I quickly realized it had very few tax laws.
    Instead, it contained thousands of extremely-specific exclusions and exemptions:
    * ‘a fishing-boat designed in the period 1956-61 and used to harvest during the months of June-November and stored at a marina with four-day a week management on-site and containing at least one of the following…’
    * ‘a real property of between nine hundred forty and one thousand sixty acres used to winter stock such as cattle but not sheep and needing irrigation for less than six months in a calendar year and having an elevation between 2000ft and 3500ft and having…’

    I realized the American tax code has very little to do with taxes, and a lot to do with ‘knowing the right people’.
    Being exempt is almost as good as being king.

    The fellow in the photograph thinks he is ‘quite the pip’.
    I think the brit royals could do better.
    Which opinion carries more influence?

  10. My, he’s a faggoty looking little prig, isn’t he.

    BTW, Nick Faldo, he of golfing fame, has also been knighted.

  11. Yes, luck had a lot to do with the win in Turkey – Louise took the chance that the on-again / off-again precip would allow him to stay on those worn full-wets without their self-destruction.
    And, Yes, he does have remarkable car-control.
    And, he is a bit of whatever term you may wish to use and not someone you’d want to have a pint with.

  12. One of my childhood heroes died this year, Sir Sterling Moss. He was the epitome of the gentleman racer. He mostly drove British cars in a sense of loyalty. He was the most prominent driver not to have won the championship. I waded through two different lists of prominent people who had died this year, and he wasn’t listed in either.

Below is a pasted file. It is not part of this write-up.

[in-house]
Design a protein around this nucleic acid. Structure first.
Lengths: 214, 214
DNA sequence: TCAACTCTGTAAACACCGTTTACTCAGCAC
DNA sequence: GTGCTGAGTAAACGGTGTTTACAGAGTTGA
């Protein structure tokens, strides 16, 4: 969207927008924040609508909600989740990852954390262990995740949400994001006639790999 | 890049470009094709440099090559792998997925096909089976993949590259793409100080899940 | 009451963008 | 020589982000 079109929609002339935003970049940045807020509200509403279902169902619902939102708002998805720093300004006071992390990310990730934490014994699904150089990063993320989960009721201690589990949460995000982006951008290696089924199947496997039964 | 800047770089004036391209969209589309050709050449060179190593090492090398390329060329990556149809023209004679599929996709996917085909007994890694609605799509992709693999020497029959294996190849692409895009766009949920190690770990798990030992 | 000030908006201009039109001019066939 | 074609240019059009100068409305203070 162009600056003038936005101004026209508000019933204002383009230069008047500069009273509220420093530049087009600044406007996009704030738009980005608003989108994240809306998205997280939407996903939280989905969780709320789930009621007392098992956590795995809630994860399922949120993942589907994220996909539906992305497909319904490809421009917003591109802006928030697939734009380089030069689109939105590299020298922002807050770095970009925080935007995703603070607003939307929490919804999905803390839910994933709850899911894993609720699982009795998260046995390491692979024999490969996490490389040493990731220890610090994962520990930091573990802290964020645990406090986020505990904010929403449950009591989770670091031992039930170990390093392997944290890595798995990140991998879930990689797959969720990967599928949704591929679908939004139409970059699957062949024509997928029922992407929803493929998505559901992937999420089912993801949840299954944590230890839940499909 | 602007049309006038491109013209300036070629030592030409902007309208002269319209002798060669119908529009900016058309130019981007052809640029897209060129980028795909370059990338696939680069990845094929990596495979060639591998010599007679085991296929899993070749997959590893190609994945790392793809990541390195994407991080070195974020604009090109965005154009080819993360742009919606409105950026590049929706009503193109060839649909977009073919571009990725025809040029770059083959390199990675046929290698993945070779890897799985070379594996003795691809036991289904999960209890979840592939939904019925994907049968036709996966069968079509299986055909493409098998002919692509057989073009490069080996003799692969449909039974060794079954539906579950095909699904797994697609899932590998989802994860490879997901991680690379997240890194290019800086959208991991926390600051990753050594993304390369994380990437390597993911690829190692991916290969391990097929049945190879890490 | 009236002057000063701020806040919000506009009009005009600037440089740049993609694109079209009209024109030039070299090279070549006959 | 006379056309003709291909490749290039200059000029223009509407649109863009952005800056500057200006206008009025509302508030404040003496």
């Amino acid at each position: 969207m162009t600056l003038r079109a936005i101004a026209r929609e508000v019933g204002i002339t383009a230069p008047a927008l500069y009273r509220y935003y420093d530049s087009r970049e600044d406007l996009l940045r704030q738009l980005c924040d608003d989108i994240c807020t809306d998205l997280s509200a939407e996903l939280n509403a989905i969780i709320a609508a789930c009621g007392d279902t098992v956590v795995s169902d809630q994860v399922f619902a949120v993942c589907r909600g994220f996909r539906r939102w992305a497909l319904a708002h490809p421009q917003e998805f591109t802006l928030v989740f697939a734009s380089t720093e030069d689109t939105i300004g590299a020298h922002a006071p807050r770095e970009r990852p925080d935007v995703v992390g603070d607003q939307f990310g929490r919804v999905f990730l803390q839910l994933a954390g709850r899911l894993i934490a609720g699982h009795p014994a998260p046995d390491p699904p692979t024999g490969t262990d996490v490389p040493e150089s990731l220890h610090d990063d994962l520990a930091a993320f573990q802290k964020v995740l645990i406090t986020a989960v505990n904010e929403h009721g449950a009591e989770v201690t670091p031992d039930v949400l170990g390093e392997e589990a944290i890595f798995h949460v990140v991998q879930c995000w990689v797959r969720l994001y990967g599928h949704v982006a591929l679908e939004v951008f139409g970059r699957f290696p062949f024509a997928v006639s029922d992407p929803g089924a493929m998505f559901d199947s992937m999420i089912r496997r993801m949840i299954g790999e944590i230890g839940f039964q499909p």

1. So, they forgot him, or because he was an old white guy who merely did what he did well and always as a gentleman, he was worth being disappeared?
      Was he the one who one time was watching whoever was second to him, calculated that he was gaining on him at about a car-length a lap, counted the remaining laps and did not risk his engine by speeding up, and won the race by one car length? He, like Mark Donahue and every Astronaut, proved that it wasn’t split-second reaction that won races, but split-second ANALYSIS.
      Moss might have been the same one who, every time he rounded a particular corner, the image of the spectators there in the stands became stronger in his mind so after the race at a party he saw a woman and said, “Weren’t you in the stands at Turn X, about a third of the way up?”
      She brushed him off, thinking that was a weird pickup line, until he said, “You were wearing X,” describing what she was wearing perfectly.

      1. The “listers” probably dropped him for the unpardonable sin of winning the Tourist Trophy in ’61 and smoking in the process – talk about stretching a lead to an impressive number and kicking back for a “fag”.

  13. If the Brits want to further degrade their honorifics, I guess it’s on them.

    A Fellow of the the Royal Society or Knight of the Bath/Garter/WTF ever used to mean something.

  14. The Brits don’t have an Empire anymore, this is what they’ve replaced it with. Oh and NHS.

    1. Hamilton? Or handing out knightships to every first place winner?
      If he were in the Army and did something that was comparably skilled and unexpected militarily, would he get the Victoria Cross?